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What is a Documentary (Explained)

A documentary is a film or television program that informs or educates its viewers about a particular topic or issue. Documentaries can be entertaining, informative, and inspiring. They offer a unique and powerful form of storytelling that can capture the viewer’s attention and provoke thought and discussion. Documentaries can explore any subject matter, from historical events to contemporary issues to the human experience.

What Exactly Is a Documentary?

If you’re like me, you have a lot of ideas in your head. In that case, documentary is the perfect film form for you!

Documentaries are a powerful tool for preserving history and stories for future generations. A good documentary film preserves, teaches, and entertains.

Documentaries are usually well researched, planned, and executed. Documentaries connect viewers to the story and the subject. For me, every documentary is a narrative film because it either tells a story or uses one to make a point.

The Origin of the Word ‘Documentary’

The word “documentary” comes – via the word ‘document’ – from the Latin word “docere,” which means “show, teach, cause to know.”

A documentary film is a nonfiction film that attempts to provide evidence of something. In this, it differs from a fiction film where nothing needs to be proved, but everything needs to make sense!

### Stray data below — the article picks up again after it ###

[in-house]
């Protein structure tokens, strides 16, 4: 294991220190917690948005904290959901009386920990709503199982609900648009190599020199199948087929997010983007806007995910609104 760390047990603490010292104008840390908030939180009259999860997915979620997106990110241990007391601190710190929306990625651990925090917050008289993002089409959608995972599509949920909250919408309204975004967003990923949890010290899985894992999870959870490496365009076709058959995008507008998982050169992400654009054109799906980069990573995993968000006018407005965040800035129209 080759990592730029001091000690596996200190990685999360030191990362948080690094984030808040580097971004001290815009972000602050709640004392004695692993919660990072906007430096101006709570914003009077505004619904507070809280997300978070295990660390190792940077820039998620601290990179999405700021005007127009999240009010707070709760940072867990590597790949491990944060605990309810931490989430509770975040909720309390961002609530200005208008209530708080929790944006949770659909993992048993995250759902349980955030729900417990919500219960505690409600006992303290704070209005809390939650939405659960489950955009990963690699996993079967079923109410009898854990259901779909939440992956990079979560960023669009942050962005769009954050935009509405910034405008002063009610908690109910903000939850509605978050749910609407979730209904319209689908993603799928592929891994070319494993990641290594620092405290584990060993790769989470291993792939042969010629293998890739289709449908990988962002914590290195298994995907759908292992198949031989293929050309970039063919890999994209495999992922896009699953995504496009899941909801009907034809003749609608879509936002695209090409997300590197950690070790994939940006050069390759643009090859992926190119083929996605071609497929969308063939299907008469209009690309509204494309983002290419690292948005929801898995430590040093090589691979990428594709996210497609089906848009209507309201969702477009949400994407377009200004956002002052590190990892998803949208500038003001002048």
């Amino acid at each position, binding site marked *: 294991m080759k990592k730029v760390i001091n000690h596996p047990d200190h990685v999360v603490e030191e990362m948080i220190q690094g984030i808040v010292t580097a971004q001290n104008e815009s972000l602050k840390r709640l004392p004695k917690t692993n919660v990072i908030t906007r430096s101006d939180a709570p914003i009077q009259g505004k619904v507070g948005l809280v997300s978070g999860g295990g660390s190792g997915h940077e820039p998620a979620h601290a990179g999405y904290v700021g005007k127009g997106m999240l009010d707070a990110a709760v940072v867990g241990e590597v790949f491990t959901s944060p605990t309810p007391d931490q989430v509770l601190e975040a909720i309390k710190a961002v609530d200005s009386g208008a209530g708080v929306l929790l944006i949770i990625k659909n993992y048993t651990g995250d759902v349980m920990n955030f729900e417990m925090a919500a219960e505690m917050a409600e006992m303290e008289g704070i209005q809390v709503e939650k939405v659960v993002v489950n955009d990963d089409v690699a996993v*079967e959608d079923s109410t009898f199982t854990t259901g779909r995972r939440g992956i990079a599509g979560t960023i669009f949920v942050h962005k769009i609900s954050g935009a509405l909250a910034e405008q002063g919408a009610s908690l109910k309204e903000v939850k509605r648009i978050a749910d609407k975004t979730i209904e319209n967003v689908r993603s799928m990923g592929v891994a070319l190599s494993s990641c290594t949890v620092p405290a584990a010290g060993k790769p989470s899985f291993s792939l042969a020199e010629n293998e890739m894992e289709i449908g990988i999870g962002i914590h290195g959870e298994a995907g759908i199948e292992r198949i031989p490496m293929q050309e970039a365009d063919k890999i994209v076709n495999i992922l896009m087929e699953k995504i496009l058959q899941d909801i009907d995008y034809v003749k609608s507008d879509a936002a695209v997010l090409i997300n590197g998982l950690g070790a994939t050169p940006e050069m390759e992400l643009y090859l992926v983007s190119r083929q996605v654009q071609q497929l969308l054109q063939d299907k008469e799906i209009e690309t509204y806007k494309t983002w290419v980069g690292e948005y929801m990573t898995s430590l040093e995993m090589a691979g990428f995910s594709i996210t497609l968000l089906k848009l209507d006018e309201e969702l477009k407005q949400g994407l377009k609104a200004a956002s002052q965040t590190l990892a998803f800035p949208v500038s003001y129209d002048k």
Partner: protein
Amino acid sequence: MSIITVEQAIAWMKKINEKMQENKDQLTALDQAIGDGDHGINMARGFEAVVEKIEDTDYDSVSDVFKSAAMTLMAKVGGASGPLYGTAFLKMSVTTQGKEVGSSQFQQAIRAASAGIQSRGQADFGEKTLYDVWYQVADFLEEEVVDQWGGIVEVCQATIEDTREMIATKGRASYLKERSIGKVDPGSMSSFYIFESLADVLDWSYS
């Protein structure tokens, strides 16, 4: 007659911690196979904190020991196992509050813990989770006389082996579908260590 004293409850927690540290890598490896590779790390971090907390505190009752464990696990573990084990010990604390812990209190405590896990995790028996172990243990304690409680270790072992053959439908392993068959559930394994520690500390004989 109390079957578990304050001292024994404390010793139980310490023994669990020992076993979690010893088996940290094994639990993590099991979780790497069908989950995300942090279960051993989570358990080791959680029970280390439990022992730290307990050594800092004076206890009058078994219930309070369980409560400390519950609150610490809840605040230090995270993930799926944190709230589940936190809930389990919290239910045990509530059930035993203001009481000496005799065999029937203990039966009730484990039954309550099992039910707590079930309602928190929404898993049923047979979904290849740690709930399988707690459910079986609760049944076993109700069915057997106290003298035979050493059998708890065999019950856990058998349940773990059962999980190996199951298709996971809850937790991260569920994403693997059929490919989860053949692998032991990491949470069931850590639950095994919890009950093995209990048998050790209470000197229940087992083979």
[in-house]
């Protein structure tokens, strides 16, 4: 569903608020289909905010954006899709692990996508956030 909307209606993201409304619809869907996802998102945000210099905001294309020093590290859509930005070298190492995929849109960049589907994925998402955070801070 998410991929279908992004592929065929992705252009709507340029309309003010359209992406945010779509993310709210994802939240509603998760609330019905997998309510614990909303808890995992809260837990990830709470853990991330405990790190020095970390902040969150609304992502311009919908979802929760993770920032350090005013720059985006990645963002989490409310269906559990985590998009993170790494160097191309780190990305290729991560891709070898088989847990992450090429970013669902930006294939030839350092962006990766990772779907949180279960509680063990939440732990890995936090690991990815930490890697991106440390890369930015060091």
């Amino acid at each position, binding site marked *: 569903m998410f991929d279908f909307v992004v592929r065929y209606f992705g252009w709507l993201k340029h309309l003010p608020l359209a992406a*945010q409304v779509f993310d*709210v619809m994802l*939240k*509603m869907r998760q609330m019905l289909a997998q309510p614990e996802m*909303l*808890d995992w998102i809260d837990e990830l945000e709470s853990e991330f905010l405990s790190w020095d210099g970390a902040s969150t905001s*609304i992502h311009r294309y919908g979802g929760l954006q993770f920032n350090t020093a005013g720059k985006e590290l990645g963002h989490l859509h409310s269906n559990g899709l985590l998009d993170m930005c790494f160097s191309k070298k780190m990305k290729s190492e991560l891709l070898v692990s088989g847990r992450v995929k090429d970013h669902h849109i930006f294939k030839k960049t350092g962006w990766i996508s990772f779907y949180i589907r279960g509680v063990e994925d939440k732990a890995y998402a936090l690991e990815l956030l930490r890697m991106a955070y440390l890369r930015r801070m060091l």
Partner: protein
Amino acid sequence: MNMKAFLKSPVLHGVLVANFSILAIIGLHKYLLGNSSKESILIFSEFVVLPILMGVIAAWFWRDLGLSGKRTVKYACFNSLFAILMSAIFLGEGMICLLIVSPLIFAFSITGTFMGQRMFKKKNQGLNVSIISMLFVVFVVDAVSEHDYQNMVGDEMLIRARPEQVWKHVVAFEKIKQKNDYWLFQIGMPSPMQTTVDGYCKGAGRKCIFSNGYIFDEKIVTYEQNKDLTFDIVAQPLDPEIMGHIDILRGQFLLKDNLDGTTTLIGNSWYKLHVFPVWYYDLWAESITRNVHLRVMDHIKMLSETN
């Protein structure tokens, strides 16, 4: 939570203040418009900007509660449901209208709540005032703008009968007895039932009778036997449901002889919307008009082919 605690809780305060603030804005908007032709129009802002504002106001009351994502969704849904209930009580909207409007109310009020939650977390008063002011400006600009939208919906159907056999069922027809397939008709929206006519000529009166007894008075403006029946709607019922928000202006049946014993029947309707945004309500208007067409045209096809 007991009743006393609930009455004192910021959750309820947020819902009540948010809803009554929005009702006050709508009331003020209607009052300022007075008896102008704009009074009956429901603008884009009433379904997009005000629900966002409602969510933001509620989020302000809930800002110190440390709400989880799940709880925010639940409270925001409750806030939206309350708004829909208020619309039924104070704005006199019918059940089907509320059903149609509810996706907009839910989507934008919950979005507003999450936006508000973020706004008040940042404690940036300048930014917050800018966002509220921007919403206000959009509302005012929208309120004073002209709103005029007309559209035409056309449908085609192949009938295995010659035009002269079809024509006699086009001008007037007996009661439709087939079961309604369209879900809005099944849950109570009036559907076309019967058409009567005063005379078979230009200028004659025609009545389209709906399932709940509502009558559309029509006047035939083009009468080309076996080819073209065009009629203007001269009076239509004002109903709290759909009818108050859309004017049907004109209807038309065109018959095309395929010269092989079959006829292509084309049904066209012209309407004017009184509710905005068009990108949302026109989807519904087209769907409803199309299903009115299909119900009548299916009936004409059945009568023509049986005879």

Documentaries Can Be About Anything

Many people think that documentaries are only about nature and animals, but in reality, documentaries can be about almost any subject.

For example, a film about the life of Martin Luther King Jr. would be considered a documentary because it tells many facts about his life that the public may not have known before seeing the film.

Documentaries are produced in a variety of styles, but they all have one thing in common: they’re real. They show the world as it really is, not as it should be or as someone wants it to be.

There’s a quote by Albert Maysles (one of the most influential documentary filmmakers) that says,

As you’re shooting, you have a very good idea of what’s the good stuff we’re shooting. But there’s no planning. When you get into it, you have some hunches. You have to have some hunches as to what kinds of things may develop. But then somehow, as you film, you drop those things because something much more interesting takes place.”

ALBERT MAYSLES, interviewed by gothamist

The Purpose of a Documentary Film Production

A documentary film is different from other types of video productions. It’s a non-fictional feature film intended to document some aspect of reality, primarily for entertainment purposes, for teaching, or as a historical record.

A documentary can be either scripted or unscripted, but the subject is completely real. It focuses exclusively on truthful events and real people.

It’s usually about a specific subject, person, a real event, or topic and allows the audience to see it in a way they didn’t before.